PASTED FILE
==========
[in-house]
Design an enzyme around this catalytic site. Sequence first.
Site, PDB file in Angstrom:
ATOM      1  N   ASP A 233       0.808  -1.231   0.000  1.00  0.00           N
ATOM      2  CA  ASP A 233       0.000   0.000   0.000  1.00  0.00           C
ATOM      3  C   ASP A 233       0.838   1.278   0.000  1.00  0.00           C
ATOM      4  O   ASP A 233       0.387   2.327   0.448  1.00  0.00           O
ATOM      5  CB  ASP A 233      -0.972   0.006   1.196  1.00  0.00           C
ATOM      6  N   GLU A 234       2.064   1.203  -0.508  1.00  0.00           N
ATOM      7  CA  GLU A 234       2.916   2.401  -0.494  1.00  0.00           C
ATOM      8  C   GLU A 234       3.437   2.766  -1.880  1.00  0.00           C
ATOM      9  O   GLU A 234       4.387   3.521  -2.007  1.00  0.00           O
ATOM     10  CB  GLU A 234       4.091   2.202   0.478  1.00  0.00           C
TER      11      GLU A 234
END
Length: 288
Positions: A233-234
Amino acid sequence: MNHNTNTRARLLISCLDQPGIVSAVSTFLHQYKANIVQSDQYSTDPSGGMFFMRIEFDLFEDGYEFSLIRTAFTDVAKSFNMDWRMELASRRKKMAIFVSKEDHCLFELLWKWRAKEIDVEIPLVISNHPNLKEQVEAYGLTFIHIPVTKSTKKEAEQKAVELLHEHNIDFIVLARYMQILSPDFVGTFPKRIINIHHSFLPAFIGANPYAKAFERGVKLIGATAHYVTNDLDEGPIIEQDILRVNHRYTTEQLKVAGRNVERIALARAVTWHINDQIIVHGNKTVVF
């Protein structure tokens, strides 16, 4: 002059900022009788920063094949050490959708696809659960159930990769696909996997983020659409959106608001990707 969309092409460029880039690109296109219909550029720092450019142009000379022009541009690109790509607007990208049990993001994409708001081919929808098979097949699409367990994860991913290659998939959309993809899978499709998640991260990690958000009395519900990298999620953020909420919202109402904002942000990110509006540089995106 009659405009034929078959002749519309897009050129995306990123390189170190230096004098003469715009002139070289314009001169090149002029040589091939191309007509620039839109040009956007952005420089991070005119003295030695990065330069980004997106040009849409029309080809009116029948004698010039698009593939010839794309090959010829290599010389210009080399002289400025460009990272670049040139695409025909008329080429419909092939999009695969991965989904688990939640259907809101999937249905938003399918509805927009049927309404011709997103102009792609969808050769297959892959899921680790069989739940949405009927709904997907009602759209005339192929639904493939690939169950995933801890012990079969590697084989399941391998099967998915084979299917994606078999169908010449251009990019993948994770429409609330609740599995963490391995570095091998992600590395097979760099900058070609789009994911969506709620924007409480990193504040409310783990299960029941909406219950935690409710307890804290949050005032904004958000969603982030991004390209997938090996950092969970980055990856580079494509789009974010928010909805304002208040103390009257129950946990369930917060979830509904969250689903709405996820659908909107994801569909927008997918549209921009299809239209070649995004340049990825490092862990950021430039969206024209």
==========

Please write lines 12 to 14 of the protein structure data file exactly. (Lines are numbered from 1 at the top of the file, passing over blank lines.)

ATOM      9  O   GLU A 234       4.387   3.521  -2.007  1.00  0.00           O
ATOM     10  CB  GLU A 234       4.091   2.202   0.478  1.00  0.00           C
TER      11      GLU A 234